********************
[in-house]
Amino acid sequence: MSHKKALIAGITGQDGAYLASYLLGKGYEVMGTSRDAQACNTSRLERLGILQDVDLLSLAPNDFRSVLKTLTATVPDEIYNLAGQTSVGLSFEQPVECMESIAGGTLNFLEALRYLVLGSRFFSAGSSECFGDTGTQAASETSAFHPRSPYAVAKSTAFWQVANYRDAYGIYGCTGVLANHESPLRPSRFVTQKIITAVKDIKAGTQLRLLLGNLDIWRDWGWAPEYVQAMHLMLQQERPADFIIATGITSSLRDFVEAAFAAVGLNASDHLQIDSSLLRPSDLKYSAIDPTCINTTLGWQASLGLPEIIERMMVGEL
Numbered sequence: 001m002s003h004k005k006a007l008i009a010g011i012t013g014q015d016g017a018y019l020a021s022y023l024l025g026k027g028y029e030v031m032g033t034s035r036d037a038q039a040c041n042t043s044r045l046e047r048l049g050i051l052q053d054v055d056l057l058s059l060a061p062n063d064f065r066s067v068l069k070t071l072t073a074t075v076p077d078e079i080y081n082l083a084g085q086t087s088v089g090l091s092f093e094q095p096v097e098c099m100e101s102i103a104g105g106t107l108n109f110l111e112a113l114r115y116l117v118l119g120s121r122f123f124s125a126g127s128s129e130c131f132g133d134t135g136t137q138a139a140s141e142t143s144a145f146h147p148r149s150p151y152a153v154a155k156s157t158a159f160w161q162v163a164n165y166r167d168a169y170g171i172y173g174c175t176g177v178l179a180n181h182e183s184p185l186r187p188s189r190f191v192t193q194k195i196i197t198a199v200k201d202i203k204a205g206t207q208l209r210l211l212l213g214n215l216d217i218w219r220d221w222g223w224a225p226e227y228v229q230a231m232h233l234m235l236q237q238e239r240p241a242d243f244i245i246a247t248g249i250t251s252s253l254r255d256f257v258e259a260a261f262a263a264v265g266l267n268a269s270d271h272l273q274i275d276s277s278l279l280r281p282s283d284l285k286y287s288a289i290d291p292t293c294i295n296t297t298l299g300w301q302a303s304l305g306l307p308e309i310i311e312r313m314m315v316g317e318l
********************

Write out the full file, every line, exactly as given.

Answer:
[in-house]
Amino acid sequence: MSHKKALIAGITGQDGAYLASYLLGKGYEVMGTSRDAQACNTSRLERLGILQDVDLLSLAPNDFRSVLKTLTATVPDEIYNLAGQTSVGLSFEQPVECMESIAGGTLNFLEALRYLVLGSRFFSAGSSECFGDTGTQAASETSAFHPRSPYAVAKSTAFWQVANYRDAYGIYGCTGVLANHESPLRPSRFVTQKIITAVKDIKAGTQLRLLLGNLDIWRDWGWAPEYVQAMHLMLQQERPADFIIATGITSSLRDFVEAAFAAVGLNASDHLQIDSSLLRPSDLKYSAIDPTCINTTLGWQASLGLPEIIERMMVGEL
Numbered sequence: 001m002s003h004k005k006a007l008i009a010g011i012t013g014q015d016g017a018y019l020a021s022y023l024l025g026k027g028y029e030v031m032g033t034s035r036d037a038q039a040c041n042t043s044r045l046e047r048l049g050i051l052q053d054v055d056l057l058s059l060a061p062n063d064f065r066s067v068l069k070t071l072t073a074t075v076p077d078e079i080y081n082l083a084g085q086t087s088v089g090l091s092f093e094q095p096v097e098c099m100e101s102i103a104g105g106t107l108n109f110l111e112a113l114r115y116l117v118l119g120s121r122f123f124s125a126g127s128s129e130c131f132g133d134t135g136t137q138a139a140s141e142t143s144a145f146h147p148r149s150p151y152a153v154a155k156s157t158a159f160w161q162v163a164n165y166r167d168a169y170g171i172y173g174c175t176g177v178l179a180n181h182e183s184p185l186r187p188s189r190f191v192t193q194k195i196i197t198a199v200k201d202i203k204a205g206t207q208l209r210l211l212l213g214n215l216d217i218w219r220d221w222g223w224a225p226e227y228v229q230a231m232h233l234m235l236q237q238e239r240p241a242d243f244i245i246a247t248g249i250t251s252s253l254r255d256f257v258e259a260a261f262a263a264v265g266l267n268a269s270d271h272l273q274i275d276s277s278l279l280r281p282s283d284l285k286y287s288a289i290d291p292t293c294i295n296t297t298l299g300w301q302a303s304l305g306l307p308e309i310i311e312r313m314m315v316g317e318l